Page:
Saturday, May 12, 2012

The Unique Fresnel lens at Little Sable Point

Shown below, the light at Little Sable Point on Lake Michigan exhibited a characteristic of fixed white with a flash of five seconds duration shown every 30 seconds. While a fixed white light with a flash was a commonplace characteristic, the way in which the flash was created at Little Sable was unique on the Great Lakes, and perhaps throughout the entire US lighthouse system. 

As shown below, in virtually all lenses which exhibited a fixed light with a flash, the central dioptric belt was equipped with bull’s eyes. Powered by a clockwork mechanism, the entire lens rotated around the lamp, with the light intensified and focused significantly as each bull’s eye passed between the light and the observer. Shown here, the lens from the North Point light station in Milwaukee is typical of such a fixed/flashing lens. Because the bull’s eyes were located in the central dioptric belt, such a flash would appear to an observer to emanate from the center of the fixed white light.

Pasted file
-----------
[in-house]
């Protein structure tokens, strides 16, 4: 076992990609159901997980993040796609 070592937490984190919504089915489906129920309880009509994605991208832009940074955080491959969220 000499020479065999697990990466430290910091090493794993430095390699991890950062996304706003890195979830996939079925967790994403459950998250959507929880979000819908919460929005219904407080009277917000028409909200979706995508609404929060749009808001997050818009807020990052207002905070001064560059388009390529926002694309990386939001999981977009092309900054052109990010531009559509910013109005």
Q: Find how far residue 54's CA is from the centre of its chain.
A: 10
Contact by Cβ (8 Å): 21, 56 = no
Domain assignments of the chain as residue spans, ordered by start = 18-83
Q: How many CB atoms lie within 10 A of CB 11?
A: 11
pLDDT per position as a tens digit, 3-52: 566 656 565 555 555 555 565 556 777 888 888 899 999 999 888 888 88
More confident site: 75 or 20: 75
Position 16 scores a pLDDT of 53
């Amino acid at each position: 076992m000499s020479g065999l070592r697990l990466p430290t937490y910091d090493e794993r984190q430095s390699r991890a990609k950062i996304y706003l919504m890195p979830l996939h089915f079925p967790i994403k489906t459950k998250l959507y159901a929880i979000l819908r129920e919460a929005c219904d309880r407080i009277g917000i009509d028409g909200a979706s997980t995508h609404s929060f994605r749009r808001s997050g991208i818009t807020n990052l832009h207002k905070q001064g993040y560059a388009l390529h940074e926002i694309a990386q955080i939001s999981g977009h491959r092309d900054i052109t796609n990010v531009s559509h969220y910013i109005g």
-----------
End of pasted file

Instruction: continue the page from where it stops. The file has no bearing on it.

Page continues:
This illustration shows the unique lens and pedestal assembly from Little Sable Point lighthouse. Shown in the center, the central dioptric belt and the lower catadioptric prisms were fixed to the pedestal and did not rotate. Only the upper catadioptric section of the lens rotated suspended on the upper end of long brackets. A large ring gear around the bottom of these brackets was turned by a gear on the clockwork. Since each section of the upper catadioptric array was made up of radial prisms, a flash was exhibited as each section reflected and refracted out toward the observer. As such, the flash at Little Sable would have appeared to emanate from immediately above the fixed white light, as opposed to from its center. 

This view of the lens at Little Sable below clearly how the upper catadioptric array was separate from the central dioptric belt, and the vertical arms from which it was both supported and rotated from the pedestal below. Next time you visit Little Sable, take the time to check out this lens a little more closely – it may well be the only one of its type you will ever see.